Video byAlice Aedy,Davide Monteleone, andManuel Montesano
Text byEve Conant
Published March 4, 2022
• 11 min read
Waking to explosions. The scramble to find a passport. A harrowing train ride sheathed in darkness to evade Russian forces. Hope for a “warm corner” to shelter in. Each refugee’s story is filled with grief and a striking communality—a shared distress perhaps inescapable when more than a million people are forced to flee their homes and face harsh realities at eastern European borders over the span of a few days.
One refugee, snarled for two of those days in a quiet panic of cars inching toward the Polish border city of Przemyśl, was Irina Lopuga. She and her husband had ample time to talk, no longer about dreams to buy their own home or tour Egypt but about survival. “We talked about the whole world turning upside down.”
Once they reached the border, it was time to part. Ukrainian men ages 18 to 60 have been ordered to stay home and aid the resistance, flanked by women picking up weapons for the first time and small armies of civilians cooking up dumplings—and Molotov cocktails. Her husband would help his church prepare for evacuees from Kyiv. Just before he left, she says, “he turned around and burst into tears.”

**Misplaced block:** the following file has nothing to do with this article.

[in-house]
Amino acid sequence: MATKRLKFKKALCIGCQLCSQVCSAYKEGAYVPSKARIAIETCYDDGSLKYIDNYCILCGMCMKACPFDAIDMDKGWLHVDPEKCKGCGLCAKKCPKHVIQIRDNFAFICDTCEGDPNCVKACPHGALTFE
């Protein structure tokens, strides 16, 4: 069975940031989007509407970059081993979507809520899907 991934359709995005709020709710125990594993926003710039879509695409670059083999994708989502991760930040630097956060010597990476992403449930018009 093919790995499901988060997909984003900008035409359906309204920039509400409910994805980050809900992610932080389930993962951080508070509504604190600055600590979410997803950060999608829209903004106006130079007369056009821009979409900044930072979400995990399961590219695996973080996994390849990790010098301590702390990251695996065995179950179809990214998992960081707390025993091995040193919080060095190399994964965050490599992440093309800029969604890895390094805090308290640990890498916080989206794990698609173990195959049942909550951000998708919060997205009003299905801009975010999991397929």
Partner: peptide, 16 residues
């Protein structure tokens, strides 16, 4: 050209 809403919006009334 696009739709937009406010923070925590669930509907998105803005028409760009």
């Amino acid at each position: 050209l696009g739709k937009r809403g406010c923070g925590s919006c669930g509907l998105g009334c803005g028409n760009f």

Then she, the children, their dog—all ran.
They’re now a small part of one of the largest waves of refugees in decades trying to find their own warm corner in a Europe outraged and on edge. Fearful for their own security, Europeans have been welcoming of the individuals making up this exhausted exodus, some of them international visitors to Ukraine, some of them survivors of years-long conflicts with Russian-backed separatists in the east, and most of them broken families with, so far, unbroken spirits.
Anastasia Taylor-Lind is a National Geographic photographer, a TED fellow, and a 2016 Harvard Nieman fellow. She covers issues relating to women, population, and war.
Alice Aedy is a documentary photographer and filmmaker whose work focuses on social justice issues including forced migration, climate justice, and women’s stories.
Davide Monteleone is a photographer, visual artist, and National Geographic Explorer with a particular interest in post-Soviet countries. The National Geographic Society, committed to illuminating and protecting the wonder of our world, has funded Monteleone’s work. See more on his website.
Petro Halaburda, a Ukrainian film production student based in Warsaw, Poland, provided field assistance and translation.